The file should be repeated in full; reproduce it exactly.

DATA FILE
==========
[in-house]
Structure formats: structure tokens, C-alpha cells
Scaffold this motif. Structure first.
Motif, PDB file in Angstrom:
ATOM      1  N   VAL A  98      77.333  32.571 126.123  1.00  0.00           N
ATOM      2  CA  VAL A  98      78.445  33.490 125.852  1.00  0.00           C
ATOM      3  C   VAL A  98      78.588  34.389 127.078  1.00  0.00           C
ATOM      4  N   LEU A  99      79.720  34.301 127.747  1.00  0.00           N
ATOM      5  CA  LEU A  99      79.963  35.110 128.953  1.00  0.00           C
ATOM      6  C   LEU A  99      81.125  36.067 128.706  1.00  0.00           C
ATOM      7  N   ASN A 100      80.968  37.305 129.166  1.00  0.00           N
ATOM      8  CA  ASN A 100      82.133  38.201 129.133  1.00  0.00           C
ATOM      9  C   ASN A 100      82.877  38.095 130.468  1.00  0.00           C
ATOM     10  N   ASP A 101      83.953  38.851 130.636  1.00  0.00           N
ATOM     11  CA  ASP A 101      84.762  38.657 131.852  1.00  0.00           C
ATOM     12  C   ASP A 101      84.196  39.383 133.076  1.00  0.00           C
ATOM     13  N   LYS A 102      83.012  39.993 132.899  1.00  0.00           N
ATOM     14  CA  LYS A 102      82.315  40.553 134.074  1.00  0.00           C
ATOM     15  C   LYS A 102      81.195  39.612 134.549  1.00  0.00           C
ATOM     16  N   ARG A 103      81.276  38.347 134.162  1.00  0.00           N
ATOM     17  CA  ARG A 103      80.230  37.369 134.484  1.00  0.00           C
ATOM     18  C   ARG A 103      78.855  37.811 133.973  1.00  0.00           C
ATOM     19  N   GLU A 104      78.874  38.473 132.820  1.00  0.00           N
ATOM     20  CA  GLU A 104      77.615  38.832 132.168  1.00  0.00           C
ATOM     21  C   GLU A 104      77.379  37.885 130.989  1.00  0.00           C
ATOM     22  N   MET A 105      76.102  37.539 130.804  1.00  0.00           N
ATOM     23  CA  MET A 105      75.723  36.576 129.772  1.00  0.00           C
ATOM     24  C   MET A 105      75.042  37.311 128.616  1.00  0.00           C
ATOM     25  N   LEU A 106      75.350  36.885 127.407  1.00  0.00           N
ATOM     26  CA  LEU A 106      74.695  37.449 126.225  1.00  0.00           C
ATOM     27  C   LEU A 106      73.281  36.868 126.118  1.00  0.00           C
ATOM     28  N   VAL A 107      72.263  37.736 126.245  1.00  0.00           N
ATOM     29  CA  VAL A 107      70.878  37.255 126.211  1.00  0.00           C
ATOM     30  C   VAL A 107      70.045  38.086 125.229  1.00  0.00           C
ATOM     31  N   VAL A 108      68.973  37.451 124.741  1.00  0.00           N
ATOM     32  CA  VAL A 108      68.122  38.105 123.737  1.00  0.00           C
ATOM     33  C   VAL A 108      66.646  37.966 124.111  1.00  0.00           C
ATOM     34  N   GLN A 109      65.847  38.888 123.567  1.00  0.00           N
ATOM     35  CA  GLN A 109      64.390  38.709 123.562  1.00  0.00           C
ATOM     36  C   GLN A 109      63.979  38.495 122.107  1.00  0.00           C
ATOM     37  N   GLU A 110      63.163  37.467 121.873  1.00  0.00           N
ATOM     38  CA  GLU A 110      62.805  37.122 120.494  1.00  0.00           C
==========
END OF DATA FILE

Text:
[in-house]
Structure formats: structure tokens, C-alpha cells
Scaffold this motif. Structure first.
Motif, PDB file in Angstrom:
ATOM      1  N   VAL A  98      77.333  32.571 126.123  1.00  0.00           N
ATOM      2  CA  VAL A  98      78.445  33.490 125.852  1.00  0.00           C
ATOM      3  C   VAL A  98      78.588  34.389 127.078  1.00  0.00           C
ATOM      4  N   LEU A  99      79.720  34.301 127.747  1.00  0.00           N
ATOM      5  CA  LEU A  99      79.963  35.110 128.953  1.00  0.00           C
ATOM      6  C   LEU A  99      81.125  36.067 128.706  1.00  0.00           C
ATOM      7  N   ASN A 100      80.968  37.305 129.166  1.00  0.00           N
ATOM      8  CA  ASN A 100      82.133  38.201 129.133  1.00  0.00           C
ATOM      9  C   ASN A 100      82.877  38.095 130.468  1.00  0.00           C
ATOM     10  N   ASP A 101      83.953  38.851 130.636  1.00  0.00           N
ATOM     11  CA  ASP A 101      84.762  38.657 131.852  1.00  0.00           C
ATOM     12  C   ASP A 101      84.196  39.383 133.076  1.00  0.00           C
ATOM     13  N   LYS A 102      83.012  39.993 132.899  1.00  0.00           N
ATOM     14  CA  LYS A 102      82.315  40.553 134.074  1.00  0.00           C
ATOM     15  C   LYS A 102      81.195  39.612 134.549  1.00  0.00           C
ATOM     16  N   ARG A 103      81.276  38.347 134.162  1.00  0.00           N
ATOM     17  CA  ARG A 103      80.230  37.369 134.484  1.00  0.00           C
ATOM     18  C   ARG A 103      78.855  37.811 133.973  1.00  0.00           C
ATOM     19  N   GLU A 104      78.874  38.473 132.820  1.00  0.00           N
ATOM     20  CA  GLU A 104      77.615  38.832 132.168  1.00  0.00           C
ATOM     21  C   GLU A 104      77.379  37.885 130.989  1.00  0.00           C
ATOM     22  N   MET A 105      76.102  37.539 130.804  1.00  0.00           N
ATOM     23  CA  MET A 105      75.723  36.576 129.772  1.00  0.00           C
ATOM     24  C   MET A 105      75.042  37.311 128.616  1.00  0.00           C
ATOM     25  N   LEU A 106      75.350  36.885 127.407  1.00  0.00           N
ATOM     26  CA  LEU A 106      74.695  37.449 126.225  1.00  0.00           C
ATOM     27  C   LEU A 106      73.281  36.868 126.118  1.00  0.00           C
ATOM     28  N   VAL A 107      72.263  37.736 126.245  1.00  0.00           N
ATOM     29  CA  VAL A 107      70.878  37.255 126.211  1.00  0.00           C
ATOM     30  C   VAL A 107      70.045  38.086 125.229  1.00  0.00           C
ATOM     31  N   VAL A 108      68.973  37.451 124.741  1.00  0.00           N
ATOM     32  CA  VAL A 108      68.122  38.105 123.737  1.00  0.00           C
ATOM     33  C   VAL A 108      66.646  37.966 124.111  1.00  0.00           C
ATOM     34  N   GLN A 109      65.847  38.888 123.567  1.00  0.00           N
ATOM     35  CA  GLN A 109      64.390  38.709 123.562  1.00  0.00           C
ATOM     36  C   GLN A 109      63.979  38.495 122.107  1.00  0.00           C
ATOM     37  N   GLU A 110      63.163  37.467 121.873  1.00  0.00           N
ATOM     38  CA  GLU A 110      62.805  37.122 120.494  1.00  0.00           C